Israel and the Foreign Forces

It would be natural to assume that the United States would be the focus of such a title. However, the United Nations Blue Berets is the germane topic given the deteriorating situation in Syria, Sinai and Lebanon. Somewhere at the back of our minds we have heard of United Nations forces in these areas. Hardly any of us have asked what they do for Israel, so let me enlighten you, especially about UNDOF in Syria; the impending demise of its mandate; and the necessity to rethink the UN peace operations model.

The United Nations Disengagement Observer Force (UNDOF) was established in May 1974 in the Golan Heights and is supported by the United Nations Truce Supervision Organization (UNTSO) established in May 1948, the first ever UN force. UNDOF has a mandate for the separation area between Israel and Syria which is about 80 km long, and between 0.5 to 10 km wide, forming an area of 235 km². There are 1009 UNDOF troops from Austria, Croatia, India, Japan and the Philippines under the command of Major General Iqbal Singh Singha (India) with an annual budget of almost $46 million and assisted by 76 UNTSO military observers.

Calling them troops may be a delirium as they have no authority to exercise firepower; they monitor the ceasefire between Israel and Syria; and this mandate is renewed every six months; the most recent until 30 June 2013 by United Nations Security Council Resolution 2084 (2012).

The activities of UNDOF that they can no longer undertake because of the Syrian civil-war include: Intervention in cases of entry to the separation area by military personnel from either side, or attempted operations; Assistance to the International Committee of the Red Cross in the passing of mail and people through the area, and in the provision of medical services; Identifying and marking of minefields; Support of the United Nations Children’s Fund activities in the area; and Work to protect the environment.

However they still report on the deteriorating situation that will no doubt lead to the demise of their current mandate. In the eyes of UNDOF the Syrian side of the Golan has seen: The illegal entry of 500 Syrian soldiers and fifty vehicles including tanks into the separation area prompting the IDF to reinforce the border; The shelling by Syrian forces into Israeli territory; The firing of Syrian forces on UNDOF and UNTSO vehicles and the carjacked of some of them; The success of the Syrian rebel forces in controlling nearly all the villages within the area of separation; and The kidnapping but subsequent release of 21 Philippine UNDOF soldiers by the “Martyrs of Yarmouk.”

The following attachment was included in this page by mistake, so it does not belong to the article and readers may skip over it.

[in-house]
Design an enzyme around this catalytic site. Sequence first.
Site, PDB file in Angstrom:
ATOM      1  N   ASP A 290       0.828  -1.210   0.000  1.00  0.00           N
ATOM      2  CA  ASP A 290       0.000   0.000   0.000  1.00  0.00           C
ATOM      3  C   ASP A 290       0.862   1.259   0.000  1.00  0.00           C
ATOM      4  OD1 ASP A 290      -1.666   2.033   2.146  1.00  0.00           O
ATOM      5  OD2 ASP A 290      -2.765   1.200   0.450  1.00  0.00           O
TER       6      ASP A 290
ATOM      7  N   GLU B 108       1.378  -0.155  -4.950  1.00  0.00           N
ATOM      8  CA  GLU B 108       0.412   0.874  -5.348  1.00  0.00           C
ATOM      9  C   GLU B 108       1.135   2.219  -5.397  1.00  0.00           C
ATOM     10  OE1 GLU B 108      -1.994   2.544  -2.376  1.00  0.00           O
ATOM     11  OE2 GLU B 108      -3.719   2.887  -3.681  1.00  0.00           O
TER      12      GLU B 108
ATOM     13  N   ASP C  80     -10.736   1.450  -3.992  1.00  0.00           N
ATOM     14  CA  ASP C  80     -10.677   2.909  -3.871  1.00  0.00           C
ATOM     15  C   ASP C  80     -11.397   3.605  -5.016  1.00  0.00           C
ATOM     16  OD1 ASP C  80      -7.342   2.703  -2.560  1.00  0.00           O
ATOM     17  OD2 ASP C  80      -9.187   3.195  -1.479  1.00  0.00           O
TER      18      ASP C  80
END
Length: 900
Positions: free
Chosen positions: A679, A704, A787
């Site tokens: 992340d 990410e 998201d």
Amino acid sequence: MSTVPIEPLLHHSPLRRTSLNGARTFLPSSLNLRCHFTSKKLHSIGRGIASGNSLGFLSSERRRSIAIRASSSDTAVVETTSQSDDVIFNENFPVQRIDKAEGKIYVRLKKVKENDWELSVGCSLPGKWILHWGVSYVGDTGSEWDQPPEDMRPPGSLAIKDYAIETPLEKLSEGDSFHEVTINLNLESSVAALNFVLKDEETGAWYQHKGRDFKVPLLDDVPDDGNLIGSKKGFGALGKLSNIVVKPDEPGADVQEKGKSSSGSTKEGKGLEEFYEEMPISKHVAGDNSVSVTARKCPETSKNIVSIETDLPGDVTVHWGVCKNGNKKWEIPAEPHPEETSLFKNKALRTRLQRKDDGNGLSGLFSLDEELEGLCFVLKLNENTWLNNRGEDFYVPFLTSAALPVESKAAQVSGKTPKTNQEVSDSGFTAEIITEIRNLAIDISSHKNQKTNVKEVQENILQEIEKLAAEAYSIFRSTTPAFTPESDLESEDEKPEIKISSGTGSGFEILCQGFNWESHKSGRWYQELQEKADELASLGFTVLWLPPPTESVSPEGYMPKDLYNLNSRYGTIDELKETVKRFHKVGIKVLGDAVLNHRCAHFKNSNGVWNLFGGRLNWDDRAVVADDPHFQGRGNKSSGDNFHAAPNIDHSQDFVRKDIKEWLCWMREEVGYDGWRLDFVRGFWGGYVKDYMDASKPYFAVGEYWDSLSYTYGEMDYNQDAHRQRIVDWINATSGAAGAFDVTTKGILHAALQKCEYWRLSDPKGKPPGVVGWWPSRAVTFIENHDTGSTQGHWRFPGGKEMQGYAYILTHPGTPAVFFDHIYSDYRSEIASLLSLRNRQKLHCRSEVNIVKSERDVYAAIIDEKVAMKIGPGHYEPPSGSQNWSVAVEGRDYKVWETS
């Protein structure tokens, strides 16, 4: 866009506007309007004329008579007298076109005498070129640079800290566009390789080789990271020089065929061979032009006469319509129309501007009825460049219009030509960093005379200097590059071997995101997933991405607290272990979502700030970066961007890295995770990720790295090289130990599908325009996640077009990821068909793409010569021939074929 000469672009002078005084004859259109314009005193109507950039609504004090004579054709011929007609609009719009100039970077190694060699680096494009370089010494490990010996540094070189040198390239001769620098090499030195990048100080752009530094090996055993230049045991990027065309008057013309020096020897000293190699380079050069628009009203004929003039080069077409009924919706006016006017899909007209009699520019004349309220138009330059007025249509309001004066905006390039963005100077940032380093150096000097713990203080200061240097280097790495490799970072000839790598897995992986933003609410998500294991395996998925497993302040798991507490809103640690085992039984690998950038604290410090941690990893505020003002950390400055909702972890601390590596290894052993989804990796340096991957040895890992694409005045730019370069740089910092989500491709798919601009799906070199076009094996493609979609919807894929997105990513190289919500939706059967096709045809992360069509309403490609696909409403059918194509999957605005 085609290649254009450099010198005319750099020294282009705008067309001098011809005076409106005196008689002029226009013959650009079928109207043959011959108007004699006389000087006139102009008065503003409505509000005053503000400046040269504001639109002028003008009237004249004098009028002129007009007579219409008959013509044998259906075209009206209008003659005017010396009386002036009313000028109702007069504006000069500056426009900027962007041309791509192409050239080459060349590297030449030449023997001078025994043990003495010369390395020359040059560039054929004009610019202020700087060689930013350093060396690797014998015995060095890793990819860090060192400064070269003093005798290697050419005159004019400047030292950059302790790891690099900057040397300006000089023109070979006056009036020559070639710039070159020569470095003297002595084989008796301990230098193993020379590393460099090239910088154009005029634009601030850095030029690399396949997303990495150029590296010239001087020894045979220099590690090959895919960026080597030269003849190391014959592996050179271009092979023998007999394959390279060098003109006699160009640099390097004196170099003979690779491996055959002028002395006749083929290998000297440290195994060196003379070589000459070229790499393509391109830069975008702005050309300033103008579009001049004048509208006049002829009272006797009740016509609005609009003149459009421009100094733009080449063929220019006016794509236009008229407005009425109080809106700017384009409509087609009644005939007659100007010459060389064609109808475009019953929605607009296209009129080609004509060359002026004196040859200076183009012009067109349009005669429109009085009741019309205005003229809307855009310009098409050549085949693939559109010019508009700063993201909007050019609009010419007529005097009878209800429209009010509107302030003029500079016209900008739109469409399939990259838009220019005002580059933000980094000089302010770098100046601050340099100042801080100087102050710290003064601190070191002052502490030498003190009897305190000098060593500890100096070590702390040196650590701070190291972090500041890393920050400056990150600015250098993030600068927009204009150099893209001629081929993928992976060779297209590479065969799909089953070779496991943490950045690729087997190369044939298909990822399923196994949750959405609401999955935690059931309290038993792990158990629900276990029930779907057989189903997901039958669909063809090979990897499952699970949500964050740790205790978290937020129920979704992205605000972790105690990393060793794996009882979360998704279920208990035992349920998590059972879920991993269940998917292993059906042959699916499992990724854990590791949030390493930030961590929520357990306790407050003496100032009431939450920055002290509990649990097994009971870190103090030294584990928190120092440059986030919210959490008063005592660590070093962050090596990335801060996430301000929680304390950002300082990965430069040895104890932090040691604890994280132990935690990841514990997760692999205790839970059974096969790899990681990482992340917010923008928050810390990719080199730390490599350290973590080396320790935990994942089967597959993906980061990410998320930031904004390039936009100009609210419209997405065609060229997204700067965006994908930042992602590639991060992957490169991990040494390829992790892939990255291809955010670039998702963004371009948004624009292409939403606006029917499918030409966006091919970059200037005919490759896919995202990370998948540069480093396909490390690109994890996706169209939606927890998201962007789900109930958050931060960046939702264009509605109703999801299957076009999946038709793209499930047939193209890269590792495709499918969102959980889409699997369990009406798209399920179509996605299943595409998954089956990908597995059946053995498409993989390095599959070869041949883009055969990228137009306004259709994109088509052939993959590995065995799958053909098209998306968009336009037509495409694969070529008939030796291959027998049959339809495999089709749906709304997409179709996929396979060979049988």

As the situation deteriorates the 1974 Disengagement of Forces Agreement between Syrian and Israeli Forces after the 1973 Yom Kippur War is brought into question. The Agreement prohibits military forces from entering the separation area but this has clearly been violated by Syria. Syrian civilian authorities are responsible for administering and policing the area of separation, but the rebels are now in control of the area. Neither Israel nor the UN has any agreement with them; and UNDOF lacks a mandate to stop armed groups.

This means that UNDOF is no longer is able to fill the mandate that it has been allotted. The Syrian civil-war poses a risk to the safety of UNDOF and UNSTO forces. This places into doubt the future of UNDOF; exemplified by last weeks announcement by Hervé Ladsous, UN Under-Secretary-General for Peacekeeping Operations that UNDOF would have a reduced capacity.

The lessons from UNDOF for the United Nations are decisive and manifold especially as many elements of the UNDOF Syrian case and situation also prevail in the UNIFIL case in Lebanon and the MFO case in Sinai. UNDOF, UNTSO and UNIFIL are three of the 15 United Nations global peace operations; these three falling short of their mandates may question the model of all 15.

Such a situation brings to the fore some important questions such as: Does the presence of United Nations forces improve Israel’s national security; Are the mandates of these forces valid due to the domestic changes in Lebanon, Egypt and Syria; Are the numbers, structures and budgets of such forces adequate to fulfill the mandate and mission; Will new forces with different mandates be created if the government in Syria and the Lebanon governance change; What are the civil-military relations among and between the foreign forces, the UN forces’ home countries, the host countries of Egypt, Israel, Lebanon, Syria, and other forces eg Hamas; Are there alternatives to such foreign forces; and Is there a role for United Nations forces in the peace process with the Palestinians.

No doubt that these and other questions will be handled at forthcoming conferences and workshops; and indeed in debates in the United Nations and in the nations that contribute contingents to the United Nations forces. While these rage, Israel knows that only her own security forces can guarantee her national security.

Glen Segell, FRGS, is Researcher at The Institute for National Security Studies Tel Aviv, Lecturer at Bar-Ilan University and Senior Researcher for the Ariel Research Center for Defense and Communication

About the Author
Dr Glen Segell is Fellow at the Ezri Center for Iran & Persian Gulf Studies, University of Haifa.